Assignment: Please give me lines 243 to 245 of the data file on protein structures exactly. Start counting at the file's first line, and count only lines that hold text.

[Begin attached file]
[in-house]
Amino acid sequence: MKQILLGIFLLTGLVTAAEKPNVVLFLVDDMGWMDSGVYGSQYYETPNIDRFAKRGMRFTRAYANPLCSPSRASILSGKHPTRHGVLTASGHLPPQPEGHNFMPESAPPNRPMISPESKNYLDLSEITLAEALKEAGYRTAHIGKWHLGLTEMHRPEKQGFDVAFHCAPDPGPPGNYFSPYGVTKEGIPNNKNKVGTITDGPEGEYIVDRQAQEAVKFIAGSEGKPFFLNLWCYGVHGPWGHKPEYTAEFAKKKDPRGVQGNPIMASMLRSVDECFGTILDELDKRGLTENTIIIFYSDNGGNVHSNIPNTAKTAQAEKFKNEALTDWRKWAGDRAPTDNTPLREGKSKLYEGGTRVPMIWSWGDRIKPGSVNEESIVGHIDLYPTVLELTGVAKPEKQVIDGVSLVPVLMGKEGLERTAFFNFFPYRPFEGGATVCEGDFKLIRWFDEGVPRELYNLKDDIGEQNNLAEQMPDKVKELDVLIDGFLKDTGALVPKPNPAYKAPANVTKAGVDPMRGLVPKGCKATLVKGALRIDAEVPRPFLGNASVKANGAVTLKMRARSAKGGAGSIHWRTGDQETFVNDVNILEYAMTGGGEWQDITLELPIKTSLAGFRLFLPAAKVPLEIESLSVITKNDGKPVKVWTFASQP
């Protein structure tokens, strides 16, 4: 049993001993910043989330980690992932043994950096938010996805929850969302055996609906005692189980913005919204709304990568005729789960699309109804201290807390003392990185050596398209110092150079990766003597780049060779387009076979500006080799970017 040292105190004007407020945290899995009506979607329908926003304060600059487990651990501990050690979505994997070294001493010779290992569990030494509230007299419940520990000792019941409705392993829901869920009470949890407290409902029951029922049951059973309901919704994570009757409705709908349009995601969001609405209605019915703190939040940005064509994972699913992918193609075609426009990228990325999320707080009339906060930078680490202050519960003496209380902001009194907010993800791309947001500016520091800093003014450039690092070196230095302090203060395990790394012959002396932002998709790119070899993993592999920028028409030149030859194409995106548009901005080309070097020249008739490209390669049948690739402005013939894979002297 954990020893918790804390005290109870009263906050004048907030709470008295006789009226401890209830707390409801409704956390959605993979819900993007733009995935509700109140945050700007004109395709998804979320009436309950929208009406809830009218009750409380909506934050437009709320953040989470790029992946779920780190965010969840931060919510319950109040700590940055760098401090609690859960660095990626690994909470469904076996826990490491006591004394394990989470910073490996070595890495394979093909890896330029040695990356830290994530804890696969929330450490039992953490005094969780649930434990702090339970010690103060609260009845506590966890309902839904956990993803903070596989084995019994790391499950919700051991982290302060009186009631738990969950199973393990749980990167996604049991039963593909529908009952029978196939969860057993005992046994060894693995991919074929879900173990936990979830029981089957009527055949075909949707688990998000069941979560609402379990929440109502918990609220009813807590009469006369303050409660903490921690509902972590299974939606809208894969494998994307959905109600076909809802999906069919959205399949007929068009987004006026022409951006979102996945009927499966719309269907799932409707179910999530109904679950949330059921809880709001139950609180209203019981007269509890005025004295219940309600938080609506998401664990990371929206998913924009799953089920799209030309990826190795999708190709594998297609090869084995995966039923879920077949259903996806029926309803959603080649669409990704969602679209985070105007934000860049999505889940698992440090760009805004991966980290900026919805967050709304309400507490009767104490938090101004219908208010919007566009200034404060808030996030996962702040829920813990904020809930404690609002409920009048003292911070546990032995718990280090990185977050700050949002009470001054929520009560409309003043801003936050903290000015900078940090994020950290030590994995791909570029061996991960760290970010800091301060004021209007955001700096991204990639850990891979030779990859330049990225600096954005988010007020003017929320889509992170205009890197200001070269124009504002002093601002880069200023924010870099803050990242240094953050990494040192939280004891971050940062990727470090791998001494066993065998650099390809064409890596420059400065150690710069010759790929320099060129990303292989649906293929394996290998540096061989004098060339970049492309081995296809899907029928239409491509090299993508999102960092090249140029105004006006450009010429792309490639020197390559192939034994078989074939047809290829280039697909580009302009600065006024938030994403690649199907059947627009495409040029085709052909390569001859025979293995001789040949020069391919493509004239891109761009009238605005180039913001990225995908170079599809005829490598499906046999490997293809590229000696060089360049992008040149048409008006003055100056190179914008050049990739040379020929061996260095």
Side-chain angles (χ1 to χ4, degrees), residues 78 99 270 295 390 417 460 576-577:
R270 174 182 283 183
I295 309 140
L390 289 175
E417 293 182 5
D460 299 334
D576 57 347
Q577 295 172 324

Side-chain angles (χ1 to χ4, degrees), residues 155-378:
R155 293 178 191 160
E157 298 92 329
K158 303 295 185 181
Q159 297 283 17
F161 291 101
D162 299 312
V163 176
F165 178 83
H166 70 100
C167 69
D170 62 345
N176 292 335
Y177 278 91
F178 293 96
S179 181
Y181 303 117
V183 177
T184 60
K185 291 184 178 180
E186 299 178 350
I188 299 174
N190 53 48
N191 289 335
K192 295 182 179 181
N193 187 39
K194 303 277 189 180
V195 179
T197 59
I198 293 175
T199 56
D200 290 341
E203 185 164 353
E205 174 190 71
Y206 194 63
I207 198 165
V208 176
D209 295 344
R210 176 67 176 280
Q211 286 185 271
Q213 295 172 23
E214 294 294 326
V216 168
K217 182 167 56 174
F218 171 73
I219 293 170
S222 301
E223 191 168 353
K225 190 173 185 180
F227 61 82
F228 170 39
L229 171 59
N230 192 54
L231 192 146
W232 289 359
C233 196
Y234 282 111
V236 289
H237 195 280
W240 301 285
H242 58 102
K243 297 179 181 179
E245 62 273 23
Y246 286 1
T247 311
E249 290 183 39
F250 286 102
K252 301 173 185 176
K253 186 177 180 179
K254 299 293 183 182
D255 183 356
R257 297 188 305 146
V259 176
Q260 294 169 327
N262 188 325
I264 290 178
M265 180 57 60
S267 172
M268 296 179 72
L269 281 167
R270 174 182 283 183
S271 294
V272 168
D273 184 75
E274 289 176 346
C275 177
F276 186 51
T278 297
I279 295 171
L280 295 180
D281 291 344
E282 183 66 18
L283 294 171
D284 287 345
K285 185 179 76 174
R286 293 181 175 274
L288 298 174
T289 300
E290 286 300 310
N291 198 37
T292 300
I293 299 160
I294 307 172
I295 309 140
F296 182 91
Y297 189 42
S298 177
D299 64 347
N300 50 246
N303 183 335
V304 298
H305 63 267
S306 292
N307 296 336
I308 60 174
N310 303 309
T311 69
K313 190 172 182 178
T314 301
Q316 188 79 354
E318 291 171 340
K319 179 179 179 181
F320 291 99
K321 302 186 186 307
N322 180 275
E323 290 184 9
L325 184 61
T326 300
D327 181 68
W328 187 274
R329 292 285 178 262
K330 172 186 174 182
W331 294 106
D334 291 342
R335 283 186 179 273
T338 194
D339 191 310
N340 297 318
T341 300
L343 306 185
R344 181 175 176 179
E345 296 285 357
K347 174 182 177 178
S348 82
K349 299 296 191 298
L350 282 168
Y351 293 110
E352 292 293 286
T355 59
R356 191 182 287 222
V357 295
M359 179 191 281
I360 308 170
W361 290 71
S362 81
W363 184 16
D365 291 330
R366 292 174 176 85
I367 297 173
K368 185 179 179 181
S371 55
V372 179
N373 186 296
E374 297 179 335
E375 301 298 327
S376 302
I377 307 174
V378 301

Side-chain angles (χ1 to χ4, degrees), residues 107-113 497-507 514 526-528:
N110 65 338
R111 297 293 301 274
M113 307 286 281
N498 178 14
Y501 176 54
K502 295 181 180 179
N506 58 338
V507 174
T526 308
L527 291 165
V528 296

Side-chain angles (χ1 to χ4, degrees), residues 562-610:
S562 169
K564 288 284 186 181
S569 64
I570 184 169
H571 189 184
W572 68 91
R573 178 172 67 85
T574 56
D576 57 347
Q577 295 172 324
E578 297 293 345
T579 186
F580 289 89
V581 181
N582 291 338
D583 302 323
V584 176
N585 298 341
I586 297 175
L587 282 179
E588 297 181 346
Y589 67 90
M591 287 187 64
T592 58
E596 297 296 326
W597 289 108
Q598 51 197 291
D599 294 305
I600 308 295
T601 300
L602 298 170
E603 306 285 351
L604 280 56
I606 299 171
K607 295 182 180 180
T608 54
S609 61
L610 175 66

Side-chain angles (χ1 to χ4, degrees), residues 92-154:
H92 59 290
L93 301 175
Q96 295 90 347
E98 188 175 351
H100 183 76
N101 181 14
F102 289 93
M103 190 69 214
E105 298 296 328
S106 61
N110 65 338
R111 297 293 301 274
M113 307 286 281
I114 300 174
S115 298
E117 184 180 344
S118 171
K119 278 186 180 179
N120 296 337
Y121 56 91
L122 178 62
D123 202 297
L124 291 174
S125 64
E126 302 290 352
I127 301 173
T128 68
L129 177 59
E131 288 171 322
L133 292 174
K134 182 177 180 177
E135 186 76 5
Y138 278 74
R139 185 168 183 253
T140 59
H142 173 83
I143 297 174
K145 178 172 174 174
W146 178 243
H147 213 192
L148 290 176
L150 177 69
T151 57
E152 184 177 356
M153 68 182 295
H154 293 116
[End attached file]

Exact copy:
R111 297 293 301 274
M113 307 286 281
I114 300 174